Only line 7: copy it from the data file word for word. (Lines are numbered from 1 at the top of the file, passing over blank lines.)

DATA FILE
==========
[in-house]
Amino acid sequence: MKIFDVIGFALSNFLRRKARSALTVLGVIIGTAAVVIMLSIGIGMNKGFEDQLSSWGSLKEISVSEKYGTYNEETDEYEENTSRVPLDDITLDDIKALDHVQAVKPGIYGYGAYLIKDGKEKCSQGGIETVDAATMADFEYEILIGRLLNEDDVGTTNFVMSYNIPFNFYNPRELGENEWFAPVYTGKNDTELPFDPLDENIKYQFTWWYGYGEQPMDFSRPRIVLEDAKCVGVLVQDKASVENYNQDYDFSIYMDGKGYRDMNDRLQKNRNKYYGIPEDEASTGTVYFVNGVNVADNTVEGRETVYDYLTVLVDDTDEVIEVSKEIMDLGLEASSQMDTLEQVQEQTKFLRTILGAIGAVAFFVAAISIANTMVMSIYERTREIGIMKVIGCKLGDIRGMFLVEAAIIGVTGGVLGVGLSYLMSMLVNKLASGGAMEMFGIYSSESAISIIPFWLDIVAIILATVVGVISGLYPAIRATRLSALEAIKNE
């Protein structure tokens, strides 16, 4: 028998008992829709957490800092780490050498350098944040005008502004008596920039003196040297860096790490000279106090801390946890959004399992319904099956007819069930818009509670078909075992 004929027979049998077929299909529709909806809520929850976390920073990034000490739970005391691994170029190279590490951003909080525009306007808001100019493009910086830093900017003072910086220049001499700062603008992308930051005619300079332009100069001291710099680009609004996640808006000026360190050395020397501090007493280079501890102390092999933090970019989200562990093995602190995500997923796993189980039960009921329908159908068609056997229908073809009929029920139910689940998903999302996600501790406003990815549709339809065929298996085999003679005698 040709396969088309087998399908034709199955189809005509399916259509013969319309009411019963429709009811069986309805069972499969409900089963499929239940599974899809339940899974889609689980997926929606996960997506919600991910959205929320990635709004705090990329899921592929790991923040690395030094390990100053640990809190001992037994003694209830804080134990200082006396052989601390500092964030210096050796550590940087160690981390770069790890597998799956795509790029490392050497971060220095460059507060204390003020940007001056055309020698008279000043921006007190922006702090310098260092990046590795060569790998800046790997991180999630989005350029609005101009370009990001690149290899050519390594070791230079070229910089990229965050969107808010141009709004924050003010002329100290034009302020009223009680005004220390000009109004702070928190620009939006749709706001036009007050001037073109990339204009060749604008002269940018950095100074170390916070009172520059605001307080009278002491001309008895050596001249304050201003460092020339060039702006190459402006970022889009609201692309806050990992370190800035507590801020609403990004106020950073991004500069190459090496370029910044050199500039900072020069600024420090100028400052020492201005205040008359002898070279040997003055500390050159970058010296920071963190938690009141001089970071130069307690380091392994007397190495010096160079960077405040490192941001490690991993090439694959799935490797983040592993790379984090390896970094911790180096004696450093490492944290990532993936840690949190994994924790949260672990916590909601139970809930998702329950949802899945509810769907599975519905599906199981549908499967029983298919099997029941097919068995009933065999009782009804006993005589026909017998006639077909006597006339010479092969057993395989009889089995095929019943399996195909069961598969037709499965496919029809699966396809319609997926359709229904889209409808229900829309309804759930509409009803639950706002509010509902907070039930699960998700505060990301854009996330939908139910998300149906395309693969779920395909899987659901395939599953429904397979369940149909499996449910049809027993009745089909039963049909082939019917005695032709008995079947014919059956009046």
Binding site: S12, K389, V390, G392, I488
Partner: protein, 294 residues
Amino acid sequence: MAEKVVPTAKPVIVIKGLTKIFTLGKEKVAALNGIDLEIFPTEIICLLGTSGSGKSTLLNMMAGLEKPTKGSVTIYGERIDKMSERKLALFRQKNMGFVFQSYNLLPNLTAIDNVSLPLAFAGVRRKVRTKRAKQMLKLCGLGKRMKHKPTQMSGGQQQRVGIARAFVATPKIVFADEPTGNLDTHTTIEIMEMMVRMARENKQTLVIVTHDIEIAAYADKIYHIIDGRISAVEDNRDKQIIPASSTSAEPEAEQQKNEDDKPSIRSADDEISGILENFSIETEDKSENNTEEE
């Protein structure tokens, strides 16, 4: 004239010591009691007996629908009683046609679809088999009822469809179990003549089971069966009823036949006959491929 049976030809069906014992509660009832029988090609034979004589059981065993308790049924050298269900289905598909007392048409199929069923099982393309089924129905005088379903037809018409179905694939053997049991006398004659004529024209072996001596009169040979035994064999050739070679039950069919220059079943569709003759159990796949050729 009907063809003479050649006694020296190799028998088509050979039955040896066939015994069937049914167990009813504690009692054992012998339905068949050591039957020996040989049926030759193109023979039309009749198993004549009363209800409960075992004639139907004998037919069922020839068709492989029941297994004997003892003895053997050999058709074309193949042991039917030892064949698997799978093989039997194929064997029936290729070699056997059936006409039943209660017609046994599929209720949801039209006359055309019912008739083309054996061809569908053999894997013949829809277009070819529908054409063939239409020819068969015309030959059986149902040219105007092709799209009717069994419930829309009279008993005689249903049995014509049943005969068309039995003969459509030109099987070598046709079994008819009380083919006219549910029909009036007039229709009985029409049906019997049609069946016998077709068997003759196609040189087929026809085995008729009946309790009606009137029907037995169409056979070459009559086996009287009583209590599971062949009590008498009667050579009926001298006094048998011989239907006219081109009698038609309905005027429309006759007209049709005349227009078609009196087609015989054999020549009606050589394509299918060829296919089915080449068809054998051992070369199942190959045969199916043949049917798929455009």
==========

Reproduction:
């Protein structure tokens, strides 16, 4: 004239010591009691007996629908009683046609679809088999009822469809179990003549089971069966009823036949006959491929 049976030809069906014992509660009832029988090609034979004589059981065993308790049924050298269900289905598909007392048409199929069923099982393309089924129905005088379903037809018409179905694939053997049991006398004659004529024209072996001596009169040979035994064999050739070679039950069919220059079943569709003759159990796949050729 009907063809003479050649006694020296190799028998088509050979039955040896066939015994069937049914167990009813504690009692054992012998339905068949050591039957020996040989049926030759193109023979039309009749198993004549009363209800409960075992004639139907004998037919069922020839068709492989029941297994004997003892003895053997050999058709074309193949042991039917030892064949698997799978093989039997194929064997029936290729070699056997059936006409039943209660017609046994599929209720949801039209006359055309019912008739083309054996061809569908053999894997013949829809277009070819529908054409063939239409020819068969015309030959059986149902040219105007092709799209009717069994419930829309009279008993005689249903049995014509049943005969068309039995003969459509030109099987070598046709079994008819009380083919006219549910029909009036007039229709009985029409049906019997049609069946016998077709068997003759196609040189087929026809085995008729009946309790009606009137029907037995169409056979070459009559086996009287009583209590599971062949009590008498009667050579009926001298006094048998011989239907006219081109009698038609309905005027429309006759007209049709005349227009078609009196087609015989054999020549009606050589394509299918060829296919089915080449068809054998051992070369199942190959045969199916043949049917798929455009």